Zelensky outlines basic positions ahead of Normandy summit
Ukrainian President Zelensky identified a prisoner exchange and ceasefire as his top goals going into the Normandy Format summit on Dec. 9. “These first two points are related to the lives of people. That’s why, for me, those are the two most important points,” he said in an interview with Western journalists published on Dec. 2 on the time.com news site. The third point is a full withdrawal of Russian-backed forces ahead of elections in Donbas, he said. “We need a full withdrawal, a full disarming of all illegal formations, military formations, no matter the type, no matter the group, no matter the uniform, no matter what weapons. Resolving these three points will create an understanding that we want to end the war,” he said.
Elections in Donbas can be arranged only under Ukrainian legislation, Zelensky said. “Therefore, all Ukrainian parties should have access: observers, journalists, the OSCE and the Central Election Commission of Ukraine. If there are armed groups, no parties will go there,” he said. Control of the Russian-Ukrainian border in Donbas will be the most difficult issue in negotiating peace, he said. “If we ever get to discuss it, I will tell them honestly, ‘I don’t agree with how this issue was resolved in Minsk.’ The elections are held first, control of the borders afterwards, according to the Minsk Accords,” he said, stressing that has always been at odds with the Ukrainian government’s position. “Unfortunately, there are contradictions there, and they truly need to be resolved.” Zelensky added that he will not lead any military offensive in Donbas if the talks fail.
Zenon Zawada: We see three basic scenarios in the Normandy Format summit on Dec. 9. Despite any agreements reached in Paris on Dec. 9, Ukraine and Russia will still have a long road towards achieving peace. For example, forces can be withdrawn further along the separation line but the armed fighting can continue to some extent. Also, attempts to hold elections can be disrupted by either side, alleging violations by the other.
Capitulation Scenario: For his political survival, Zelensky needs to produce results for his Russian-oriented core electorate. So in order to secure peace, with vague wording with many qualifiers, he agrees to Russian positions that the Ukrainian side had previously rejected. For example, open military forces are removed and replaced by some kind of law enforcement presence (in the form of a local police force and a possible peacekeeping mission). Zelensky also agrees to Ukrainian control of the border being established only after the vote, arguing the UN or OSCE will oversee the process.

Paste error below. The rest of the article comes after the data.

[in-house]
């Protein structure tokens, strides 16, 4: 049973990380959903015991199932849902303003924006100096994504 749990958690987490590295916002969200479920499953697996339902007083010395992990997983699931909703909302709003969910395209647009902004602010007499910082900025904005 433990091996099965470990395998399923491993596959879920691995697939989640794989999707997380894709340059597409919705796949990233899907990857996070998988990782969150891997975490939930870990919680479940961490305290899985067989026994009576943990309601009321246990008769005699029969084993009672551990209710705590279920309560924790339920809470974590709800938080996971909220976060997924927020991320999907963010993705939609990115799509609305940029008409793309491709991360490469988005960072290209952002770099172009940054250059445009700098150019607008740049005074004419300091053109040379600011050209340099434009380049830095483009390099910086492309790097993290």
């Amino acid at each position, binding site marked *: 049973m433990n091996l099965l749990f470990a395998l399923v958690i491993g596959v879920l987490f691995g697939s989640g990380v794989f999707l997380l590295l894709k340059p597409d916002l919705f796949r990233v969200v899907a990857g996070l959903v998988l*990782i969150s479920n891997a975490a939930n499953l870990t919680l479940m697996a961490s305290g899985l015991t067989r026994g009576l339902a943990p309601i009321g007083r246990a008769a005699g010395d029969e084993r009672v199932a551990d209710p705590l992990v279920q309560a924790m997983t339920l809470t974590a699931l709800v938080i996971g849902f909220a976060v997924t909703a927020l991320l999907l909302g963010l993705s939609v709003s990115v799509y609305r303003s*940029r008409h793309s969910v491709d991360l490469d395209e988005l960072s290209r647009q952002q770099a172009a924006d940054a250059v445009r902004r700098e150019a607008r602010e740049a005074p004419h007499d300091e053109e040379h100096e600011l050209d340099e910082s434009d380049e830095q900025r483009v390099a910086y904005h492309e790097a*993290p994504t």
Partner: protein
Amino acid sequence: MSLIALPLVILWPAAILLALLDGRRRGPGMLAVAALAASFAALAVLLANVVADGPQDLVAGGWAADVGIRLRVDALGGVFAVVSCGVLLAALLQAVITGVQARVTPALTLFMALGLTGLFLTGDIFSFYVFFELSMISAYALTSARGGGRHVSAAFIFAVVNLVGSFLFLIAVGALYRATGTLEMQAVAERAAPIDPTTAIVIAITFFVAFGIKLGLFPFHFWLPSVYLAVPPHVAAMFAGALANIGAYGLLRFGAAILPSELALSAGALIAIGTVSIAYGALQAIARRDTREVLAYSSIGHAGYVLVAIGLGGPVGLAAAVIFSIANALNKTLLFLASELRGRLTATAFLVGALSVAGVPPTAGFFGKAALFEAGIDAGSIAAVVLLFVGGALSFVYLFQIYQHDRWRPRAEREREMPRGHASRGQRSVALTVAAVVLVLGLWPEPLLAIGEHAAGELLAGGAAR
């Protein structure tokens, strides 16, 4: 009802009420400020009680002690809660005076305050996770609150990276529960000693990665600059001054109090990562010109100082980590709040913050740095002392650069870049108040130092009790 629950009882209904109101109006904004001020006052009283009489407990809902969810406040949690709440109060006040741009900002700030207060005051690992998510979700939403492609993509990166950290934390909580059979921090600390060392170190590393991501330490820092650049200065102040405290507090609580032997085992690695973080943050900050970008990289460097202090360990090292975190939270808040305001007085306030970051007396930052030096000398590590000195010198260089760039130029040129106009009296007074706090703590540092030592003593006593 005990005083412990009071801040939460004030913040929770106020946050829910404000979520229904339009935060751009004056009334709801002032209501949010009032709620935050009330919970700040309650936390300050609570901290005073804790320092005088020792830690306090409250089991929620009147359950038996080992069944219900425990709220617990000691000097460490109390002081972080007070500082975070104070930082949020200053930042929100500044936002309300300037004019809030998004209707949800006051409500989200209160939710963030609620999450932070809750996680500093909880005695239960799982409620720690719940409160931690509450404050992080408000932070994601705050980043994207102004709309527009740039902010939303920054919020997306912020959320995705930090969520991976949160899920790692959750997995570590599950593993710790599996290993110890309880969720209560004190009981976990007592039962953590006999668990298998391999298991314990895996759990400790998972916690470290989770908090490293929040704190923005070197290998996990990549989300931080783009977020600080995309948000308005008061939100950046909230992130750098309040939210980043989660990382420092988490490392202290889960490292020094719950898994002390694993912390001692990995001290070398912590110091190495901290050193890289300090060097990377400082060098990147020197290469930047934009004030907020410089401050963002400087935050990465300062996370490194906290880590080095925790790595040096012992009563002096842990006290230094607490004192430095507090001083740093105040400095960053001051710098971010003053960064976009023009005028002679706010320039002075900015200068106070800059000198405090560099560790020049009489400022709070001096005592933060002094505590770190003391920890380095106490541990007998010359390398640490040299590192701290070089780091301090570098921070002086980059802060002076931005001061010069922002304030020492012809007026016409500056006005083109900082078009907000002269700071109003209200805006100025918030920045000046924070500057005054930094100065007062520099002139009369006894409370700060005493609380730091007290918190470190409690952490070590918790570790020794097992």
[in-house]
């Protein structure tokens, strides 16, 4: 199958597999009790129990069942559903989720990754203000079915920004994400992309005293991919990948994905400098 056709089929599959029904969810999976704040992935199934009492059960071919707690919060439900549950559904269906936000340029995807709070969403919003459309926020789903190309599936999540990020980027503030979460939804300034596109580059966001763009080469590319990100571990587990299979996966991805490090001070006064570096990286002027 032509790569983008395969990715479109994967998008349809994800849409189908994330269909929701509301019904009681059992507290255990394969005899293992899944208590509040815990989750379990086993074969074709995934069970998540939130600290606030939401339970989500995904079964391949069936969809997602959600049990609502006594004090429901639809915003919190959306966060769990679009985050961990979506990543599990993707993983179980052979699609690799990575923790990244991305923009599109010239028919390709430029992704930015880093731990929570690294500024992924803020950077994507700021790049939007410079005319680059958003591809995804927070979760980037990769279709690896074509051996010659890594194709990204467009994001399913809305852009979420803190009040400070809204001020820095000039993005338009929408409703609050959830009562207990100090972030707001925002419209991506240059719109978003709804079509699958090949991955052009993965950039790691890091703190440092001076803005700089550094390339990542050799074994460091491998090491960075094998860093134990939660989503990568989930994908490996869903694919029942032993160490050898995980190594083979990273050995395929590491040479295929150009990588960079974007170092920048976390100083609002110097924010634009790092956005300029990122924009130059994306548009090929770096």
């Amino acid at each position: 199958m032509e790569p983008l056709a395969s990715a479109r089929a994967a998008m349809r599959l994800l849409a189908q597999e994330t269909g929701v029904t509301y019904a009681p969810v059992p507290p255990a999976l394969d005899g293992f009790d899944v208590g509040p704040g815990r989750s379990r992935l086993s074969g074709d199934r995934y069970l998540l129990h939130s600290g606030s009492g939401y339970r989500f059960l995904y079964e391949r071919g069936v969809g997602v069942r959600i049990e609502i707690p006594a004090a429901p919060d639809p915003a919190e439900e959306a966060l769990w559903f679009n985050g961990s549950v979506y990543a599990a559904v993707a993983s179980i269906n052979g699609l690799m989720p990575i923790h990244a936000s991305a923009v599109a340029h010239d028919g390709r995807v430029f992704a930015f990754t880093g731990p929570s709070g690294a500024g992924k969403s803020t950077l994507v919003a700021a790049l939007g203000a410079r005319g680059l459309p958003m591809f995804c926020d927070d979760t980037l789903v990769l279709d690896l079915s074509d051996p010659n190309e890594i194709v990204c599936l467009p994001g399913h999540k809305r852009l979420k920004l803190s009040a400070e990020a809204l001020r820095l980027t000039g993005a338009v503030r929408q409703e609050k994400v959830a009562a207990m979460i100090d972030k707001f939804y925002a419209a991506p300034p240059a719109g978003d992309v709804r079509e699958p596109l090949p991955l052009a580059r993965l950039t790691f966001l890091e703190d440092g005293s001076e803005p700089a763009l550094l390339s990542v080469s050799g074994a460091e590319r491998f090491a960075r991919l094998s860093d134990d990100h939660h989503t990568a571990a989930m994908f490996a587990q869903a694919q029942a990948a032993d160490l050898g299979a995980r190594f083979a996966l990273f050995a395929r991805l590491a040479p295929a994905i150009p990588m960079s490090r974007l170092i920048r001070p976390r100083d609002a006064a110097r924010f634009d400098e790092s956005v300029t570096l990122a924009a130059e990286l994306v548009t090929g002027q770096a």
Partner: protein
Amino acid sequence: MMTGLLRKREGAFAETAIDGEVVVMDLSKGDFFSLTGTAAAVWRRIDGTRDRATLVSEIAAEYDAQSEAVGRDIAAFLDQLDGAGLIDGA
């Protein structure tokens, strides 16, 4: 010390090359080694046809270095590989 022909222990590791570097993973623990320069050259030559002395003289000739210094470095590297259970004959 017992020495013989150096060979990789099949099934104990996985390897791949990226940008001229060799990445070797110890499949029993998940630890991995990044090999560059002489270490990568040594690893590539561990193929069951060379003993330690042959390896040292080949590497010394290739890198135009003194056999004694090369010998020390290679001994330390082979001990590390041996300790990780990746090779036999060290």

Soft Deal Scenario: Some agreements are reached on subjects that don’t affect the greater geopolitical scenario, such as a prisoner exchange. Tentative agreements are made on forces withdrawals and elections, which never come to implementation. The warfare extends itself as its current trajectory. This scenario is the most dangerous for Zelensky because he will certainly be attacked by the Kremlin – in an attempt to discredit his authority – for failing to uphold any tentative or vague agreements reached. This would also spell the beginning of the end of Zelensky’s presidency, but in a slower way.
No Deal Scenario: Zelensky upholds the firm positions held by his predecessor (former President Poroshenko), declares the demands made by Russian President Putin to be unacceptable, and walks away with next-to-nothing, largely out of concern that he will alienate the U.S. government and the Western creditors that Ukraine is dependent upon. We view this outcome as the beginning of the end of Zelensky’s presidency as he will be failing to deliver his key election promise of ending the war in Donbas, as well as alienating voters on other issues (failing to fight corruption seriously and launching the unpopular land market).